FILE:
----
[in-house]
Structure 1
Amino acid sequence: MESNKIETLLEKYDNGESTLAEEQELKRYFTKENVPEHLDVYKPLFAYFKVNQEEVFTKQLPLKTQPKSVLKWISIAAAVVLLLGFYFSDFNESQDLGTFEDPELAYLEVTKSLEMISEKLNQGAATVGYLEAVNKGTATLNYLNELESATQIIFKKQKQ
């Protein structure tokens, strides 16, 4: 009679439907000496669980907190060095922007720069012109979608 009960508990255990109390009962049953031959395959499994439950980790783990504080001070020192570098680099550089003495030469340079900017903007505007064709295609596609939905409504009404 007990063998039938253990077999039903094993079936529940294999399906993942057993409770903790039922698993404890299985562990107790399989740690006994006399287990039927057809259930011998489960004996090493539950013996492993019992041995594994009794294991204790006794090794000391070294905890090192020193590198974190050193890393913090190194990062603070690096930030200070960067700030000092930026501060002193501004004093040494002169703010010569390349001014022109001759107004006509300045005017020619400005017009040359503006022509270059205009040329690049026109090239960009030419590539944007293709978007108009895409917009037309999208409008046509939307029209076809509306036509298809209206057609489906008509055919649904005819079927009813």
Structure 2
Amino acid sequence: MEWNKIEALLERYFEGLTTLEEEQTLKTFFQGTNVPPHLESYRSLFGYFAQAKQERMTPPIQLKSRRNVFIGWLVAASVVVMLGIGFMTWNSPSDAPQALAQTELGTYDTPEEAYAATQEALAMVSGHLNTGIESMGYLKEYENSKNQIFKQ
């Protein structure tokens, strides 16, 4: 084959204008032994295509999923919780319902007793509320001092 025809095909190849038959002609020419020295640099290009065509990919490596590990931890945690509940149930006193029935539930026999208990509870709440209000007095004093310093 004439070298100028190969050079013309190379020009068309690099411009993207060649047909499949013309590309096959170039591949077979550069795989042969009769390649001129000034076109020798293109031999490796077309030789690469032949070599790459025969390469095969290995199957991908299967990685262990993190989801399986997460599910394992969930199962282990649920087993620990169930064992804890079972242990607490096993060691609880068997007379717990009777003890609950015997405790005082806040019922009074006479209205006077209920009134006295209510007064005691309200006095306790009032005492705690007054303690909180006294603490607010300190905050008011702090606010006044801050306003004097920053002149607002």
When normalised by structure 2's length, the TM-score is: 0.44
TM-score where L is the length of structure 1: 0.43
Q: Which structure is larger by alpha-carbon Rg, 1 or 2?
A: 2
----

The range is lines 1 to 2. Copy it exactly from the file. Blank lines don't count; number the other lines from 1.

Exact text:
[in-house]
Structure 1